• Wednesday, December 24 – 10 a.m. to 5 p.m.
  • Christmas Day – closed
  • Boxing Day – regular schedule
  • Wednesday, December 31 – 10 a.m. to 5 p.m.
  • New Year’s Day – regular schedule

Cultural services:

  • Karsh-Masson Gallery, Barbara Ann Scott Gallery and OAG (Ottawa Art Gallery) Annex will be open daily as usual throughout the holidays.
  • City of Ottawa Archives, arts centres, galleries, theatres and museums will be closed on Christmas Day, Boxing Day and New Year’s Day; however, clients should check ottawa.ca or their facility to confirm, as some exceptions may apply. 

Archives Services:

  • The City of Ottawa Archives Reference Services and Gallery 112 will be closed on December 25 through December 27 and on New Year’s Day. The Rideau branch of the Archives will also be closed on December 30. 

Municipal child care services:

  • City-operated Child Care Centres will be closed on Christmas Day, Boxing Day and New Year’s Day. 

Library services:

  • All branches and services of the Ottawa Public Library will be closed on Christmas Day, Boxing Day and New Year’s Day. Branches and services will operate normally from December 27 to 30. On December 24 and 31, all library locations, except for some rural branches, which will be closed, will open at their usual time and close at 3 p.m. Visit the OPL website for complete details.

November 25, 2014

Mayor to host annual Christmas celebration at City Hall

Mayor Jim Watson will host the Mayor’s 14th Annual Christmas Celebration on Saturday, December 6 at Ottawa City Hall in support of the Ottawa Food Bank.

Date: Saturday, December 6
Time:  2 to 6 p.m.
Location: Ottawa City Hall, 110 Laurier Avenue West
Admission: a non-perishable food donation to the Ottawa Food Bank

Families are invited to join the fun at this eagerly anticipated event, celebrating Christmas in a wonderful winter setting. Fun-filled outdoor activities will include ice skating on the Sens Rink of Dreams, horse-drawn wagon rides on Marion Dewar Plaza and a mashmallow roast with plenty of hot chocolate.

Indoors, City Hall will be transformed into a wonderland. Kids will be excited to meet Santa and Mrs. Claus and make a craft in Santa’s Workshop. Face painting and live performances will be part of the fun as families enjoy special treats from BeaverTails and Lindt.

The Mayor’s Annual Christmas Celebration is made possible by the generosity of the many corporate sponsors. In the spirit of giving and to help those in need, admission to this sponsored event is a non-perishable food donation to the Ottawa Food Bank.

OC Transpo will offer free bus rides on all routes to and from City Hall from 1:30 to 6:30 p.m. to children 11 years and under when accompanied by a fare-paying adult.

For more information, visit ottawa.ca.

November 25, 2014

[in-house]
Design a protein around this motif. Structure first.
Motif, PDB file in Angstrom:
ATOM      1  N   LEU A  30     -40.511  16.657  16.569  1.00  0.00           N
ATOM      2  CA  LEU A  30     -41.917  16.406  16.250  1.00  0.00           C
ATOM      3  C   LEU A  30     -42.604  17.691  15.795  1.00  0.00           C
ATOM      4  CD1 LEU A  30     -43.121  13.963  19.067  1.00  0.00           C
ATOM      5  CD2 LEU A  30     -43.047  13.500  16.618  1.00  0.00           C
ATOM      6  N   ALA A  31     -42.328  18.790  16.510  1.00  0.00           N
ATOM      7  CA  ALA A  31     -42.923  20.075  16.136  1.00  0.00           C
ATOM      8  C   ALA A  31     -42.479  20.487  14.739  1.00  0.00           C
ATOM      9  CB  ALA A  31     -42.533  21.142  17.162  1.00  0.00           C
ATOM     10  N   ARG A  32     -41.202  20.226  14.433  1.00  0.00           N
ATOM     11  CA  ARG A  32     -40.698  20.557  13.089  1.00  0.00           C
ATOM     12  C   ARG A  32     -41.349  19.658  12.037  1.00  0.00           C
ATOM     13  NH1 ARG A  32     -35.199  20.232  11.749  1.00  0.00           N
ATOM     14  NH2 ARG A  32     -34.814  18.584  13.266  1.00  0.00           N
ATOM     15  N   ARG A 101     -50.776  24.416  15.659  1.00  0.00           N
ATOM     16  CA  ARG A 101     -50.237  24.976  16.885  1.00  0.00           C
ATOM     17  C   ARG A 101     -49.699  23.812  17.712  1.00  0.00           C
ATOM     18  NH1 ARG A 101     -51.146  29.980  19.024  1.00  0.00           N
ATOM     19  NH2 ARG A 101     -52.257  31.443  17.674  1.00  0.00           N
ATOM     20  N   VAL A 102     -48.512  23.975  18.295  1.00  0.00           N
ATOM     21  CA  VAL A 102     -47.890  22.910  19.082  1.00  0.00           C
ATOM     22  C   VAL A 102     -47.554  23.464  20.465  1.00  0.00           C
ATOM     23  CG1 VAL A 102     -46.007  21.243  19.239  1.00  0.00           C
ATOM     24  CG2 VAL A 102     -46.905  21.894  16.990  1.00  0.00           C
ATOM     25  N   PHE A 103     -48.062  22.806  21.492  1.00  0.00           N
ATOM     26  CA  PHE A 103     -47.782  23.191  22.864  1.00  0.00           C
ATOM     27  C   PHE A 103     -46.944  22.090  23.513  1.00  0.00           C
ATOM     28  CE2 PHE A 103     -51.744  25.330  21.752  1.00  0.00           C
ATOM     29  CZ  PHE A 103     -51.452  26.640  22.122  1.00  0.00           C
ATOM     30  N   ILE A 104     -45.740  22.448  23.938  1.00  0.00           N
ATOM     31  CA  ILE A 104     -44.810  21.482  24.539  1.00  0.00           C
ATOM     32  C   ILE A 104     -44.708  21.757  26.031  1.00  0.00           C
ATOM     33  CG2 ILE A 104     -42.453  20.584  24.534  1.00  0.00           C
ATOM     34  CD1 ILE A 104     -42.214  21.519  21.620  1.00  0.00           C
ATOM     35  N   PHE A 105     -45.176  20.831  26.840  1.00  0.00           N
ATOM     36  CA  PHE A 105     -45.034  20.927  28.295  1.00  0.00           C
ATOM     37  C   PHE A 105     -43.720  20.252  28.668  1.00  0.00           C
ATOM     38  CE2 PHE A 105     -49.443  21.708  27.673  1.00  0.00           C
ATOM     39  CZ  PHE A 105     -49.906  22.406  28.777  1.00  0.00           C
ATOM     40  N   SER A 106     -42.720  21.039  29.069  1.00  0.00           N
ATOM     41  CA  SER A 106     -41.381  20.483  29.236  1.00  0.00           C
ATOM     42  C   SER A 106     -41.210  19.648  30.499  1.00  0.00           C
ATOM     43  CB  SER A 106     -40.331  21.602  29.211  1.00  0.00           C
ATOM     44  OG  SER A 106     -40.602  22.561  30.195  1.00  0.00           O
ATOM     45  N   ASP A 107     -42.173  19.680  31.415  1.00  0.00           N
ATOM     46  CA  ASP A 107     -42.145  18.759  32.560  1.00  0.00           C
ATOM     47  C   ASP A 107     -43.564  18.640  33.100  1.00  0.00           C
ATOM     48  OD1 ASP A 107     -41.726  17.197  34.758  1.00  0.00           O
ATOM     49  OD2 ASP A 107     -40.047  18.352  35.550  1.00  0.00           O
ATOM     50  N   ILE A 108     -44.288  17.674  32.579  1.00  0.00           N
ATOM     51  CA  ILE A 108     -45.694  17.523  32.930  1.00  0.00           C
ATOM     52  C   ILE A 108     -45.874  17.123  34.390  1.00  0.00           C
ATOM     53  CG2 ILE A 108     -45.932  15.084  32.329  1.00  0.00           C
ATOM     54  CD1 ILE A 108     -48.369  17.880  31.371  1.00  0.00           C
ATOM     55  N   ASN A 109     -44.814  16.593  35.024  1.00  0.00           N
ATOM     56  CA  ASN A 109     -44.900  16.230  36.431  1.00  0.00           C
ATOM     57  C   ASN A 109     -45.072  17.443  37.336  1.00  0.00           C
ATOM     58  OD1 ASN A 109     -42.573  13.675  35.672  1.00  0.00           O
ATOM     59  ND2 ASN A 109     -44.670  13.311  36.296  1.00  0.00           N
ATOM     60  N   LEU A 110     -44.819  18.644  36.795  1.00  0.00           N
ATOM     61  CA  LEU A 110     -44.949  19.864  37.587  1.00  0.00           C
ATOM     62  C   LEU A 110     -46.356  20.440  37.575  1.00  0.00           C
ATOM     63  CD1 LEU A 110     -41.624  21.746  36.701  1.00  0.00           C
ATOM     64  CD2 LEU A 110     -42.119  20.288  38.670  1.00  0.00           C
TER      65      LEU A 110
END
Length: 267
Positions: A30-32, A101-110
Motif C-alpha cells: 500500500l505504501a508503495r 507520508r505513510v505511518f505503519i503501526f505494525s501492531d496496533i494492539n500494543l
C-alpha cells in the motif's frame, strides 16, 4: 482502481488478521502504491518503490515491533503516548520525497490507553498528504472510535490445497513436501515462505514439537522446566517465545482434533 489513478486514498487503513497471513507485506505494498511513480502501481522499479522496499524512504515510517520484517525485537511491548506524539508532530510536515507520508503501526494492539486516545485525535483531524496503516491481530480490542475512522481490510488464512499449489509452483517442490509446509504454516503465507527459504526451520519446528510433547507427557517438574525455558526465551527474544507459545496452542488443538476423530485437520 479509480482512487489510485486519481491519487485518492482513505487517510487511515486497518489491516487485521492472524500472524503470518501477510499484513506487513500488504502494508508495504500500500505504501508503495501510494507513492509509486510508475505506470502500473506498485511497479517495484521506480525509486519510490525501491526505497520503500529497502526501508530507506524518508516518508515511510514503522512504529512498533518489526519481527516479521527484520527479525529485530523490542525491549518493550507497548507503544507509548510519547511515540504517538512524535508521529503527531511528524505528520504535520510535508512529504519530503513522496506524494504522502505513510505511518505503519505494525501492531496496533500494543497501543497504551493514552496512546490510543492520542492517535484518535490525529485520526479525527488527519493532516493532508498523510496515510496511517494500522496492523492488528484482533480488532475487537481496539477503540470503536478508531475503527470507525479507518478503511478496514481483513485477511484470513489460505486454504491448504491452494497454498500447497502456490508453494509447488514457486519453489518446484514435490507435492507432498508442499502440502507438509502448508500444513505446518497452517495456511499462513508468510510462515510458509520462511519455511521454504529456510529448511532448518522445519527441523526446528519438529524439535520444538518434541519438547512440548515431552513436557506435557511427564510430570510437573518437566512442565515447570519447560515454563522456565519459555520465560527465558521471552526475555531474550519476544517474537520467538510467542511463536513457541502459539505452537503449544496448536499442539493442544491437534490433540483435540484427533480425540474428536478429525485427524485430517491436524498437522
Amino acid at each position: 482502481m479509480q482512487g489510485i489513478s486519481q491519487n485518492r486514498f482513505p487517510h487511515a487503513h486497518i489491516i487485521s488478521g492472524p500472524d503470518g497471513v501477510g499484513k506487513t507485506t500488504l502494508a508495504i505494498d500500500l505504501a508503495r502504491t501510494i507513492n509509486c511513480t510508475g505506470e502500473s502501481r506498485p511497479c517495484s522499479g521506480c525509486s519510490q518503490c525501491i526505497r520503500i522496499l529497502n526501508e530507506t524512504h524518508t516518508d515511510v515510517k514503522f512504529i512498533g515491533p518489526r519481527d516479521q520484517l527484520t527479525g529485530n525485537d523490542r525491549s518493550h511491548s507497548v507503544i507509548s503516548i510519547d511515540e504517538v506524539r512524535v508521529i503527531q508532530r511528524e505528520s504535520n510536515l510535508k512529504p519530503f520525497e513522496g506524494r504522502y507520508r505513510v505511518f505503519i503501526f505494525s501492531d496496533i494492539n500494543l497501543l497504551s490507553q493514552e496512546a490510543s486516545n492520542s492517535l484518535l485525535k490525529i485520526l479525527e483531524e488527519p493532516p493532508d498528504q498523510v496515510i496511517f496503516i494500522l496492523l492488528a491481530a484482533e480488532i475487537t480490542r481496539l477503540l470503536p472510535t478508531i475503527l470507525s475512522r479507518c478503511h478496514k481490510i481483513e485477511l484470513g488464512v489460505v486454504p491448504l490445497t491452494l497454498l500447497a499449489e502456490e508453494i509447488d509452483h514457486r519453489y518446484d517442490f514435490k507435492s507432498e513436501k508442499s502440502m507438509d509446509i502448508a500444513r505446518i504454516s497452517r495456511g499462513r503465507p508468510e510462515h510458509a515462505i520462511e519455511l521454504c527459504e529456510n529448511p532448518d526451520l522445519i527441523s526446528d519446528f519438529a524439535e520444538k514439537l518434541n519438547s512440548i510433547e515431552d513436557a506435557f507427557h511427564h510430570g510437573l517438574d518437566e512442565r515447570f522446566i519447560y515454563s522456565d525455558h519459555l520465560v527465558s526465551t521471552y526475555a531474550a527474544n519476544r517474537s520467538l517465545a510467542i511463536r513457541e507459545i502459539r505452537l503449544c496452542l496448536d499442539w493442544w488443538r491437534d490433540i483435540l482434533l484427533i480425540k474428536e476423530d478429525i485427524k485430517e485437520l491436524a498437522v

Winter overnight parking restrictions will be in effect from November 15 until April 1

The City of Ottawa is reminding residents that winter overnight parking restrictions are in effect beginning Saturday, November 15. These restrictions ensure that the City’s snow-clearing crews are able to keep Ottawa’s roads safe and clear for pedestrians, cyclists, public transit, and motorists.

Between November 15 and April 1, when 7 cm or more of snowfall is forecast by Environment Canada, overnight parking restrictions go into effect. These restrictions are automatically enacted, unless the City of Ottawa’s General Manager of Public Works issues an exemption. The City of Ottawa will announce parking restrictions and inform residents if there is an exemption through ottawa.ca and the City’s Twitter account @ottawacity.

When restrictions are put into place, parking will not be permitted on Ottawa streets between 1 and 7 a.m.

Vehicles parked on the street when a restriction is in effect will be ticketed. Vehicle owners who have a municipal on-street parking permit are exempt from winter overnight parking restrictions.

Be in the know about snow
Sign up to receive e-mail or Twitter notifications of overnight parking restrictions at ottawa.ca. After you sign up, you will receive an e-mail or Twitter alert via @ottawacity, every time a winter overnight parking restriction goes into effect or is lifted. The service is free and you can unsubscribe at anytime.

You can also find out if an overnight parking restriction is in effect by calling 3-1-1 (TTY: 613-580-2401) or through local media.

When day-time or night-time snow removal operations are planned, temporary "no parking" snow removal signs will be posted before snow removal begins. Vehicle owners are reminded not to park on streets where temporary "no parking" snow removal signs are placed. Vehicles parked during planned snow removal will be ticketed and towed to a nearby street. This restriction applies to all vehicles, including those with on-street parking permits.

Your safety is the City of Ottawa’s top priority. For more information on winter overnight parking regulations, visit ottawa.ca or call 3-1-1 (TTY: 613-580-2401).